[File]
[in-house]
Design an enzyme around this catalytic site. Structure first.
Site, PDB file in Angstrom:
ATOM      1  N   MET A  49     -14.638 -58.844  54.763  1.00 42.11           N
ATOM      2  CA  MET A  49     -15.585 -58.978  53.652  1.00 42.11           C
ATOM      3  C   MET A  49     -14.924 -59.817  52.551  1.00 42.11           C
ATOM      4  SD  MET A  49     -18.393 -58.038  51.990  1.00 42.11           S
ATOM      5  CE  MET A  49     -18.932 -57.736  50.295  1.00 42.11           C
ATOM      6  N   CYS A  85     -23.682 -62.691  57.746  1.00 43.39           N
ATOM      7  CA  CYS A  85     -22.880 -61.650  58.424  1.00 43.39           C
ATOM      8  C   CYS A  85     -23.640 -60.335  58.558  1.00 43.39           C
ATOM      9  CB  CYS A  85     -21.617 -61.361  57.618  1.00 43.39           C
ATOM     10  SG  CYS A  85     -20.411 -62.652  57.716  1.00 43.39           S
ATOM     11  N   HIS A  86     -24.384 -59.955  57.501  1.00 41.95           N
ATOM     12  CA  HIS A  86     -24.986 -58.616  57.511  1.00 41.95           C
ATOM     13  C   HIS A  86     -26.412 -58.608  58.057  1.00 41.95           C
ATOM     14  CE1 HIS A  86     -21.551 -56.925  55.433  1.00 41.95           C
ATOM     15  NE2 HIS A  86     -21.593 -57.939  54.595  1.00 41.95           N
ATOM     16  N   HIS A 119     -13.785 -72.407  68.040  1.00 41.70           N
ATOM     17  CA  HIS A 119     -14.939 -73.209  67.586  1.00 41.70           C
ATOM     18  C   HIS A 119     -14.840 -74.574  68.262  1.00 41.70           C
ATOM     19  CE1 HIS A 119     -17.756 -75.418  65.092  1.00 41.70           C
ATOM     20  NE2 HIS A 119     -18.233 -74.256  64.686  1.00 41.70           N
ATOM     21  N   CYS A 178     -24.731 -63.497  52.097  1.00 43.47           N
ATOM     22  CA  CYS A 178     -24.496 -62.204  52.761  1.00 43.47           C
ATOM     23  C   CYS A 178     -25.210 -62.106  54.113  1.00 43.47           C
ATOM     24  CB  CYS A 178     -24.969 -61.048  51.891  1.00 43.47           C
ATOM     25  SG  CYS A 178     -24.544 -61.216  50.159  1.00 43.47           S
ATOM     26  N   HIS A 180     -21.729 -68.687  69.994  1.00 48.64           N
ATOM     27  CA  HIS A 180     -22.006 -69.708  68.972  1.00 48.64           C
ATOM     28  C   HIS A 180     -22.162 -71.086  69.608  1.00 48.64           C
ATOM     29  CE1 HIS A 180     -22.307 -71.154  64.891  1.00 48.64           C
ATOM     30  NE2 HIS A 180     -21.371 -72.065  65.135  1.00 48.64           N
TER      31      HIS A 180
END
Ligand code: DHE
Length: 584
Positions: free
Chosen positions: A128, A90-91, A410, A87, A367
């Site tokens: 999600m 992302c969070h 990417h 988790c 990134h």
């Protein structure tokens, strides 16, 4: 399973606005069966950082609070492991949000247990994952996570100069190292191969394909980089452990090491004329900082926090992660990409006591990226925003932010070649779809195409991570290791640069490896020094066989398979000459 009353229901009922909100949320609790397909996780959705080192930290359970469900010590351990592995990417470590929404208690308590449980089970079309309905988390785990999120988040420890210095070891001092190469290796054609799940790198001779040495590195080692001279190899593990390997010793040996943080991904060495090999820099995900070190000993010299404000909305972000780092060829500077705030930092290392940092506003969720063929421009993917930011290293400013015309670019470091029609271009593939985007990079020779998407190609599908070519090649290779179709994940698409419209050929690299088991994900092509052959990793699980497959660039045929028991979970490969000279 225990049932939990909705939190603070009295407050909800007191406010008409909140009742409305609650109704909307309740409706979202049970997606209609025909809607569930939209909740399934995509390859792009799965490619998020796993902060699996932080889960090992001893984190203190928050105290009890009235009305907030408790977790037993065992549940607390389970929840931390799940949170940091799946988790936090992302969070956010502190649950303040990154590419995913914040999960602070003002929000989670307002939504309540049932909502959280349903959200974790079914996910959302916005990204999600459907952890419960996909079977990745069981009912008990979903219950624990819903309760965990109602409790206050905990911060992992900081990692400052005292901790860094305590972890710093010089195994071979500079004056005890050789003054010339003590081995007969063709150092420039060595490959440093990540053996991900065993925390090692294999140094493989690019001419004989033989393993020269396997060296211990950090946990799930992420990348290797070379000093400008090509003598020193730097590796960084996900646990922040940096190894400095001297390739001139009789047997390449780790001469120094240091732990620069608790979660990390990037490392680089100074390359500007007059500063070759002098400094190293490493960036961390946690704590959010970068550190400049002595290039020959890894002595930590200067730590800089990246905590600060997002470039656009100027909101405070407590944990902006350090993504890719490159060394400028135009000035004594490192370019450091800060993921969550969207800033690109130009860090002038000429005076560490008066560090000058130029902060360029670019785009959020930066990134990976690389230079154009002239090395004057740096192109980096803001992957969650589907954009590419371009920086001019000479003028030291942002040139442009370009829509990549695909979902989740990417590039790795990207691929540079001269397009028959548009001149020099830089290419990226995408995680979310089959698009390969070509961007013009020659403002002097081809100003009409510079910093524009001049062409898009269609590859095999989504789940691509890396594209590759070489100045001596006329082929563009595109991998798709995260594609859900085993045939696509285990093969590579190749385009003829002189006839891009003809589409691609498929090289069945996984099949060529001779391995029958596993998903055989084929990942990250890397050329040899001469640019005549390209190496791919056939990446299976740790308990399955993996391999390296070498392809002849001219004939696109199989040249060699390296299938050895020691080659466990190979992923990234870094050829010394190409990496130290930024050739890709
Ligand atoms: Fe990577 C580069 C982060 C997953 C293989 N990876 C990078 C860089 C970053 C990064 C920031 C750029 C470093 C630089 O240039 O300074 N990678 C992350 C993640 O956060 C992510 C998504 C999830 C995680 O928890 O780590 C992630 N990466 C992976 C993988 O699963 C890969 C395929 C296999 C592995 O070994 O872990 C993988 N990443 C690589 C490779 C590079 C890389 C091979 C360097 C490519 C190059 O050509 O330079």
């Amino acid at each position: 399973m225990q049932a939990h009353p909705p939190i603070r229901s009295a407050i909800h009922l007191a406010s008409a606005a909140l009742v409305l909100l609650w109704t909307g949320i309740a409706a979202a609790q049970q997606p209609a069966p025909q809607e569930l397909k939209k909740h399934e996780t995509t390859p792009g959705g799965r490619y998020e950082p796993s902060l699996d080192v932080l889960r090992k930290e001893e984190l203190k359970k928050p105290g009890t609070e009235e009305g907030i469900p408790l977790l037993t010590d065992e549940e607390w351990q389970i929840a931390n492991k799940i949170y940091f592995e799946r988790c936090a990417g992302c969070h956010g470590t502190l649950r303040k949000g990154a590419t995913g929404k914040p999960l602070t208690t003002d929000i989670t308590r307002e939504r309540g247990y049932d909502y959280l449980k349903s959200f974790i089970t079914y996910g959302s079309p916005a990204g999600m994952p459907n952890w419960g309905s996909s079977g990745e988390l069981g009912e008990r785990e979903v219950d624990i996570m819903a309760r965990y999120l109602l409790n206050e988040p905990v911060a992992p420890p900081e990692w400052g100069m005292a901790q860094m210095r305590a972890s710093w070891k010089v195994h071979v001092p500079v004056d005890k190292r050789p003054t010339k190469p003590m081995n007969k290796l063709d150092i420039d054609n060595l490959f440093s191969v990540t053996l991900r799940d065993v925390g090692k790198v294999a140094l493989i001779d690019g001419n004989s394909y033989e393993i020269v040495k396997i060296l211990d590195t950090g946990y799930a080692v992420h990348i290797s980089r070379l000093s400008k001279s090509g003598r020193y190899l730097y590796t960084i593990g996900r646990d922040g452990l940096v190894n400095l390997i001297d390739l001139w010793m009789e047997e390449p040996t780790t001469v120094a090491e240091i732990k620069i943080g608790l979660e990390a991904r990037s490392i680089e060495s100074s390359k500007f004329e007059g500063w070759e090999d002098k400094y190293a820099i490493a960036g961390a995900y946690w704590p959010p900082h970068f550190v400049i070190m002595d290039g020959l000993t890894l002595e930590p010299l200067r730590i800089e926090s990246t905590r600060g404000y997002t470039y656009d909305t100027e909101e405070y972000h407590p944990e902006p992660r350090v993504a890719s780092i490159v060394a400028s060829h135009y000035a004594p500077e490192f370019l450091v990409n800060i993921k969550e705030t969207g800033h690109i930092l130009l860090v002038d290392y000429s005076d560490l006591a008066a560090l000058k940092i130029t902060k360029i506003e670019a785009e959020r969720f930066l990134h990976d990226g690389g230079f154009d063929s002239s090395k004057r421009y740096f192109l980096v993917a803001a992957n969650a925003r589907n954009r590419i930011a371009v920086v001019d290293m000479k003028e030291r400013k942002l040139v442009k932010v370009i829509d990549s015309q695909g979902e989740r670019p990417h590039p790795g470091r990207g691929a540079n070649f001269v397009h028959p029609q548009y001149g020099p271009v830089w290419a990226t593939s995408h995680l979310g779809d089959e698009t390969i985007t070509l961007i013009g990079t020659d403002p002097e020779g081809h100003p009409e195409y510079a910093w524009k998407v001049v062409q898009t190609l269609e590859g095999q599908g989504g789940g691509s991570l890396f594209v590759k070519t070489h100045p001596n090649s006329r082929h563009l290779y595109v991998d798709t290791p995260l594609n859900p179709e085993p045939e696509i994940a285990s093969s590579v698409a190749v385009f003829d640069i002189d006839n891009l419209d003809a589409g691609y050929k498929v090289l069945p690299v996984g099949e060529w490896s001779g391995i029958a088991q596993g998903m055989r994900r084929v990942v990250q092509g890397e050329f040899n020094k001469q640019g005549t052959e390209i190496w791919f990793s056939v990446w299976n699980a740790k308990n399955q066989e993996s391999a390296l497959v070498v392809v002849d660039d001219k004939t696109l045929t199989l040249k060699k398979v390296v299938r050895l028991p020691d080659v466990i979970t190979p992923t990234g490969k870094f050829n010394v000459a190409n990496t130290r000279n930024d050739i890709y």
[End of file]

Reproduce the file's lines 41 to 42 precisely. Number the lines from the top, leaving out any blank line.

């Protein structure tokens, strides 16, 4: 399973606005069966950082609070492991949000247990994952996570100069190292191969394909980089452990090491004329900082926090992660990409006591990226925003932010070649779809195409991570290791640069490896020094066989398979000459 009353229901009922909100949320609790397909996780959705080192930290359970469900010590351990592995990417470590929404208690308590449980089970079309309905988390785990999120988040420890210095070891001092190469290796054609799940790198001779040495590195080692001279190899593990390997010793040996943080991904060495090999820099995900070190000993010299404000909305972000780092060829500077705030930092290392940092506003969720063929421009993917930011290293400013015309670019470091029609271009593939985007990079020779998407190609599908070519090649290779179709994940698409419209050929690299088991994900092509052959990793699980497959660039045929028991979970490969000279 225990049932939990909705939190603070009295407050909800007191406010008409909140009742409305609650109704909307309740409706979202049970997606209609025909809607569930939209909740399934995509390859792009799965490619998020796993902060699996932080889960090992001893984190203190928050105290009890009235009305907030408790977790037993065992549940607390389970929840931390799940949170940091799946988790936090992302969070956010502190649950303040990154590419995913914040999960602070003002929000989670307002939504309540049932909502959280349903959200974790079914996910959302916005990204999600459907952890419960996909079977990745069981009912008990979903219950624990819903309760965990109602409790206050905990911060992992900081990692400052005292901790860094305590972890710093010089195994071979500079004056005890050789003054010339003590081995007969063709150092420039060595490959440093990540053996991900065993925390090692294999140094493989690019001419004989033989393993020269396997060296211990950090946990799930992420990348290797070379000093400008090509003598020193730097590796960084996900646990922040940096190894400095001297390739001139009789047997390449780790001469120094240091732990620069608790979660990390990037490392680089100074390359500007007059500063070759002098400094190293490493960036961390946690704590959010970068550190400049002595290039020959890894002595930590200067730590800089990246905590600060997002470039656009100027909101405070407590944990902006350090993504890719490159060394400028135009000035004594490192370019450091800060993921969550969207800033690109130009860090002038000429005076560490008066560090000058130029902060360029670019785009959020930066990134990976690389230079154009002239090395004057740096192109980096803001992957969650589907954009590419371009920086001019000479003028030291942002040139442009370009829509990549695909979902989740990417590039790795990207691929540079001269397009028959548009001149020099830089290419990226995408995680979310089959698009390969070509961007013009020659403002002097081809100003009409510079910093524009001049062409898009269609590859095999989504789940691509890396594209590759070489100045001596006329082929563009595109991998798709995260594609859900085993045939696509285990093969590579190749385009003829002189006839891009003809589409691609498929090289069945996984099949060529001779391995029958596993998903055989084929990942990250890397050329040899001469640019005549390209190496791919056939990446299976740790308990399955993996391999390296070498392809002849001219004939696109199989040249060699390296299938050895020691080659466990190979992923990234870094050829010394190409990496130290930024050739890709
Ligand atoms: Fe990577 C580069 C982060 C997953 C293989 N990876 C990078 C860089 C970053 C990064 C920031 C750029 C470093 C630089 O240039 O300074 N990678 C992350 C993640 O956060 C992510 C998504 C999830 C995680 O928890 O780590 C992630 N990466 C992976 C993988 O699963 C890969 C395929 C296999 C592995 O070994 O872990 C993988 N990443 C690589 C490779 C590079 C890389 C091979 C360097 C490519 C190059 O050509 O330079």